The second major Cuban signing for the White Sox’s international class was 20-year-old righthander Norge Vera. His father, Norge Luis Vera, was a star pitcher in Cuba and on the country’s national team from the late 1990s through the 2000s, and won a Serie Nacional MVP trophy from the 1999-2000 season. Vera, 20, pitched for Cuba as a teenager on its junior national team and in a U-23 tournament in Panama. He has added more strength since then to his 6-foot-4, 190-pound frame, with a fastball that sits around 90-95 mph and can reach 96-97 mph. He struggled at one of his early showcases for scouts, leaving some of them concerned about his command and secondary stuff. Vera went through some mechanical and repertoire changes over the process, and scouts highest on him liked his slider and saw feel for a changeup that he’s picked up since leaving Cuba and shelving his splitter. Vera has shown good feel for pitching at his best, though like Yoelqui Cespedes, he also just needs to be tested against more age-appropriate competition.
Names To Know
Victor Quezada, 3B, Dominican Republic: Quezada is a strong, heavily-built righthanded hitter who is physically advanced for his age with big raw power. That power is his main tool, and he generates it with ease from a fairly simple swing. Quezada worked out at shortstop before signing, but he’s too big to play there and will go to third base, where he has a plus arm, with some chance he ends up in an outfield corner. He trained with Ray Castillo.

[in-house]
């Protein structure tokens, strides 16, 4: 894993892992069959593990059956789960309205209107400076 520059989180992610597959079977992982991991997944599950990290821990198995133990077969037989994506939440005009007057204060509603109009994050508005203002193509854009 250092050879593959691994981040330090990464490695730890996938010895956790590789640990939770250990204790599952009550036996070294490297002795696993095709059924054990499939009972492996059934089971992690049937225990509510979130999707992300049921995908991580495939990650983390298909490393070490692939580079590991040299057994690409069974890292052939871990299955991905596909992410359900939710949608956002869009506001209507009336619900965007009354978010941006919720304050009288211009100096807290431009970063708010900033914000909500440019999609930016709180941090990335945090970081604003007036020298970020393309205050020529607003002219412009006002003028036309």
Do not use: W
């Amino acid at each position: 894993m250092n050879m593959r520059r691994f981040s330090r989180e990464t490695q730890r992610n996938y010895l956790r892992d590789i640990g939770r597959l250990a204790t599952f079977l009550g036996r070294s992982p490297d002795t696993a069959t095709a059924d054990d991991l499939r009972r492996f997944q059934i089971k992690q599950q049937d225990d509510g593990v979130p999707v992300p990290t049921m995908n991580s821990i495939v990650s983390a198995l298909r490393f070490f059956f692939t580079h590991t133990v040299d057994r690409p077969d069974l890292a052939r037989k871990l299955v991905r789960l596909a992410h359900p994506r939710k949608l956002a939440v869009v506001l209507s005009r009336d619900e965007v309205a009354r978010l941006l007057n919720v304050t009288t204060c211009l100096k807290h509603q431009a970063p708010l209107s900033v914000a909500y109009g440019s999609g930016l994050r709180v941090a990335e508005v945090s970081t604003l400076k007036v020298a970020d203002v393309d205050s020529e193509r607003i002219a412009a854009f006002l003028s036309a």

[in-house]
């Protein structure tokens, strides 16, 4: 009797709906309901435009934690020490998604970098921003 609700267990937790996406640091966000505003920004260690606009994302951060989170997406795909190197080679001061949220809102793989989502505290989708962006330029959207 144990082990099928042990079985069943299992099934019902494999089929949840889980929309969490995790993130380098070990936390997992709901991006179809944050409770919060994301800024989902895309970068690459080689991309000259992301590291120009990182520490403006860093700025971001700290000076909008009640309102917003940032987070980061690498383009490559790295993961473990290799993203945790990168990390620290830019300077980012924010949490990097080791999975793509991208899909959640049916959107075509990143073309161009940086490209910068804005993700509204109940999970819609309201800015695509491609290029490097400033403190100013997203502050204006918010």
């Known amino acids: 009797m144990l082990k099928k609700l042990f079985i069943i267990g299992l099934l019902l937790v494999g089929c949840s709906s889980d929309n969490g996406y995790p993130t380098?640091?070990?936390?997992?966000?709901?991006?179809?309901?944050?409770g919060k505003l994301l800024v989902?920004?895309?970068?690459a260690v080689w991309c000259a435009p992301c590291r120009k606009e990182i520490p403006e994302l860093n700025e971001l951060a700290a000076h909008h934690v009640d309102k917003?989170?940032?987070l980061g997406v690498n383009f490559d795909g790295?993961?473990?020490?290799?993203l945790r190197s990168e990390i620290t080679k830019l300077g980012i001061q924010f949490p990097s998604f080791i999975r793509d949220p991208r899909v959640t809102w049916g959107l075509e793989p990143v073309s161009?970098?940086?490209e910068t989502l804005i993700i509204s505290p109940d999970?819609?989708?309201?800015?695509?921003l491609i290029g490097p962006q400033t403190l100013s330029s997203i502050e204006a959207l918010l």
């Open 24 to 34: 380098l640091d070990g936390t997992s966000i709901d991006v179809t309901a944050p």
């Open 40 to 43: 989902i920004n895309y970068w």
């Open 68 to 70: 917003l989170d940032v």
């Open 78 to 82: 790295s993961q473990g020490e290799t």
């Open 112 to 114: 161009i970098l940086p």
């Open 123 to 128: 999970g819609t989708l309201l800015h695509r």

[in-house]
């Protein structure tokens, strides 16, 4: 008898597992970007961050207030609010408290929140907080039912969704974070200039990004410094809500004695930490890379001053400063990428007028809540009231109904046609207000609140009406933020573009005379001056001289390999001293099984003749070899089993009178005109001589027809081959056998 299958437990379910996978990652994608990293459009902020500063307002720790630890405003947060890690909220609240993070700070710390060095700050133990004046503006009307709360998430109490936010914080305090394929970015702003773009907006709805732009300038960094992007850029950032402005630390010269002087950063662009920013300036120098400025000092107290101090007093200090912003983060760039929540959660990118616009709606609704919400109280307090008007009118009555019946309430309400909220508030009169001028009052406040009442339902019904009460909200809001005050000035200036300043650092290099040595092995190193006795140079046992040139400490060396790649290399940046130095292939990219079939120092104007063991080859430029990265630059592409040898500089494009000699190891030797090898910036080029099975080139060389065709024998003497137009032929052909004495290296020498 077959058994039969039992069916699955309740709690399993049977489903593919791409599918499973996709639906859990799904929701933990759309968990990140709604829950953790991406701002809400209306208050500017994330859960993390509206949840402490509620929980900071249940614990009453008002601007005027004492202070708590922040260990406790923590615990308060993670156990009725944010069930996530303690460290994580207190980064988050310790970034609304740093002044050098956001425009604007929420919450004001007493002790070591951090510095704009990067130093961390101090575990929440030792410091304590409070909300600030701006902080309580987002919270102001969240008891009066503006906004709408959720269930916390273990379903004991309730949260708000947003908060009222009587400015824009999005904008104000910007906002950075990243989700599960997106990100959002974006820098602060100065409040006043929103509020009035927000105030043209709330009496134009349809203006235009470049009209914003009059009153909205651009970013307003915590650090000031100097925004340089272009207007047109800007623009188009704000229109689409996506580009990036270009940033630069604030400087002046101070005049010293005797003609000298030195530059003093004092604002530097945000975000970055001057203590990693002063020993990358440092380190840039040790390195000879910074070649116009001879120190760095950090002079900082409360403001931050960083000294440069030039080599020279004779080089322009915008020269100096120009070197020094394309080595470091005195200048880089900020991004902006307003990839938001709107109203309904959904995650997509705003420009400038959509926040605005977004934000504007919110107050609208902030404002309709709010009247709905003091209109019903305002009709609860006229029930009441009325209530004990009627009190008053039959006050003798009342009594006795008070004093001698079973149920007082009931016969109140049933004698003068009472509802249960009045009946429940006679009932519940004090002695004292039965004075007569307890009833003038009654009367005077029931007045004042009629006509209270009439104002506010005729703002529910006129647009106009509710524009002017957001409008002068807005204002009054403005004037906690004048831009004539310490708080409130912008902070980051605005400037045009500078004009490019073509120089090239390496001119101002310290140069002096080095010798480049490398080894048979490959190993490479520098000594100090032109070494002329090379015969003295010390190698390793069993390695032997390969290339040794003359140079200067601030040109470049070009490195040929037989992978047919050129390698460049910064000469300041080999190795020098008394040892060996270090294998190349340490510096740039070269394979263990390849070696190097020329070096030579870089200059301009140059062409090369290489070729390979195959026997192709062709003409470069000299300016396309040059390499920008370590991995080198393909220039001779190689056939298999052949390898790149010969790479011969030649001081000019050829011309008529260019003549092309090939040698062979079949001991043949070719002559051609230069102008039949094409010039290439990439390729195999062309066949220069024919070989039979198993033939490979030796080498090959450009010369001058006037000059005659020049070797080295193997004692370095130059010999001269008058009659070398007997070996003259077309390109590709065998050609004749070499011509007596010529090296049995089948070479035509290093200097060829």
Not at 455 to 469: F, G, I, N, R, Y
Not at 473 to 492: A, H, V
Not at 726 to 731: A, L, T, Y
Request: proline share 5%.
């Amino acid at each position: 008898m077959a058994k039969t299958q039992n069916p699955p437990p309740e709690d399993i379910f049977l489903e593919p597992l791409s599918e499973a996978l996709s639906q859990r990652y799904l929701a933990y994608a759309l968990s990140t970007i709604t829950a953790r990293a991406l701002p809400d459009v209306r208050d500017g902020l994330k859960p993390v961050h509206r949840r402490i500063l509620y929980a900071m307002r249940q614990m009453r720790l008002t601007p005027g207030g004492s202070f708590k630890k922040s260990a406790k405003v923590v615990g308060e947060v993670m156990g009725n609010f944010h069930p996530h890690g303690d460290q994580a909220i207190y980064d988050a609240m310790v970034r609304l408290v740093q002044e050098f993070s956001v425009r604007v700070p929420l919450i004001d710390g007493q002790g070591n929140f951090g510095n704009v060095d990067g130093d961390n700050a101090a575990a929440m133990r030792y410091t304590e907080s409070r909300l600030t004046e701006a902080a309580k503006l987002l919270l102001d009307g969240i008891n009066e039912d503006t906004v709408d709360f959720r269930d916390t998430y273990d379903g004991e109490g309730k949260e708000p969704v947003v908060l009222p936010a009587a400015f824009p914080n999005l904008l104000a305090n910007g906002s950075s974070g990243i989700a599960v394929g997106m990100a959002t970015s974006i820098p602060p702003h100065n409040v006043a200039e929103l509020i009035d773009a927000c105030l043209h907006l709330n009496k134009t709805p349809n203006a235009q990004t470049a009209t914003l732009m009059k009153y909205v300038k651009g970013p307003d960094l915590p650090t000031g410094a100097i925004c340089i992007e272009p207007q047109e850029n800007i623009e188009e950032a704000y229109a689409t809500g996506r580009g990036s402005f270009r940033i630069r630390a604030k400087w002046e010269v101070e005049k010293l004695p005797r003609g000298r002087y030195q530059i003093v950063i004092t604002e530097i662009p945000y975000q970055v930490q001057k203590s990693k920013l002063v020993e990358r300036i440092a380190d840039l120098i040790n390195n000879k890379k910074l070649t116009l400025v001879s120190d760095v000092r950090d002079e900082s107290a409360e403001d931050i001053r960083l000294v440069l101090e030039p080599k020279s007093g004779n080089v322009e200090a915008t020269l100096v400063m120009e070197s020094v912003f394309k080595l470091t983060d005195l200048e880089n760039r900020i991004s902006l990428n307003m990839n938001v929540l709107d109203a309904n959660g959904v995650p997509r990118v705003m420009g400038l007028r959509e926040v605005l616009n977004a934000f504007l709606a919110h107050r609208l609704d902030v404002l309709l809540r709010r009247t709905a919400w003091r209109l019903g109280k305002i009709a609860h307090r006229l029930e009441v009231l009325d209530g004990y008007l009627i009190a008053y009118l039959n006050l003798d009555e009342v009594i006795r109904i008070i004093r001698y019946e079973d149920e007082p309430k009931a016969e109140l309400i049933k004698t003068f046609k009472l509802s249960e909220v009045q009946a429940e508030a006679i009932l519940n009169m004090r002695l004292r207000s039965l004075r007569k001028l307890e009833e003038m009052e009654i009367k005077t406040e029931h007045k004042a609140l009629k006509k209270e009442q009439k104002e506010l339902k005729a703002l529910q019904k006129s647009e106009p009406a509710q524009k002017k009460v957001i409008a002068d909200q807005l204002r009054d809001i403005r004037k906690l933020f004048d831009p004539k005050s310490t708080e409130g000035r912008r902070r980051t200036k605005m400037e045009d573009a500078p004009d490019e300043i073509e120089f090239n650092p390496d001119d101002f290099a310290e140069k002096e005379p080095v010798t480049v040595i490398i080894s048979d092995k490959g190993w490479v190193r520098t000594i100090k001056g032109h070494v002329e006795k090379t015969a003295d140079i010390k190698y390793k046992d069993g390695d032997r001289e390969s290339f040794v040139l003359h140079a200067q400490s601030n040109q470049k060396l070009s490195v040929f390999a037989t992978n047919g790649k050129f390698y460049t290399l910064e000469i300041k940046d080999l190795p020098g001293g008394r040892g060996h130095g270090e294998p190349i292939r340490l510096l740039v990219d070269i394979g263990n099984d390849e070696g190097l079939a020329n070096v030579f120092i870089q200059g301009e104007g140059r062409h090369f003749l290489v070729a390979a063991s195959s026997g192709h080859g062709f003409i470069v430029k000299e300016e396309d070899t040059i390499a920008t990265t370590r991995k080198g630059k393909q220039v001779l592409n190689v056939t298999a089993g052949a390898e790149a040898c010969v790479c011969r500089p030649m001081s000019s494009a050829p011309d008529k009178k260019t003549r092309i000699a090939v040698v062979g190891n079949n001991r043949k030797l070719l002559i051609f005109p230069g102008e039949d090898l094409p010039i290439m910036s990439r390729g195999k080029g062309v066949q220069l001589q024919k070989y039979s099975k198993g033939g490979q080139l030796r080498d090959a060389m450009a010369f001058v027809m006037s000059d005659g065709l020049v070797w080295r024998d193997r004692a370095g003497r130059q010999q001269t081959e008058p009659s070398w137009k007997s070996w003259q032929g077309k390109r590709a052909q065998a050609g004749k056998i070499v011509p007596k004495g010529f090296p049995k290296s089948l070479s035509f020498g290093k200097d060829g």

Dario Borrero, OF, Venezuela: In the last year and a half, Borrero hit a growth spurt, going from a skinny 6-foot-2 up to now 6-foot-5, 200 pounds. For such a tall player, Borrero still has a fairly simple, short stroke for his size from the left side that’s loose, relaxed and easy. He does a good job of going with where the ball is pitched, showing the bat control to shoot pitches on the outer third to left field or pull pitches on the inner third. His power has started to spike now, with a chance to grow into significantly more thunder once he packs on another 30-40 pounds. Borrero moves around fairly well for his size and will start out as a corner outfielder, though with how big he is he might end up at first base. Borrero is represented by Felix Olivo.
Manuel Guariman, C, Venezuela: As Guariman has developed physically (6-foot-1, 185 pounds), he has grown into good power for a catcher. He projects to stay behind the plate but has more of an offensive-driven value to his skillset. He trained at the Dream Team Baseball Academy under Wilfredo Polidor.
Adrian Gil, RHP, Venezuela: Gil is a 5-foot-11 righthander with advanced pitchability for his age. He has touched the low 90s with his fastball and has good feel for changing speeds and mixing his spots, showing good spin and shape on his curveball with a changeup and cutter he uses too. Gil trained with Freddy Garcia and Carlos Guillen.
The White Sox pulled a sleeper out of Panama when they signed outfielder Benyamin Bailey for $35,000 in April 2019. They could have another low-dollar sleeper signing from the country in this class with 18-year-old righthander Carlos Hinestroza. After playing third base up until a few years ago, Hinestroza moved to the mound, where his arm works well with a fastball that’s been up to 91 mph and a chance to throw significantly harder once he gains more experience and adds strength to his 6-foot-1 frame. He’s still learning how to pitch, with a slider and a changeup also in his repertoire.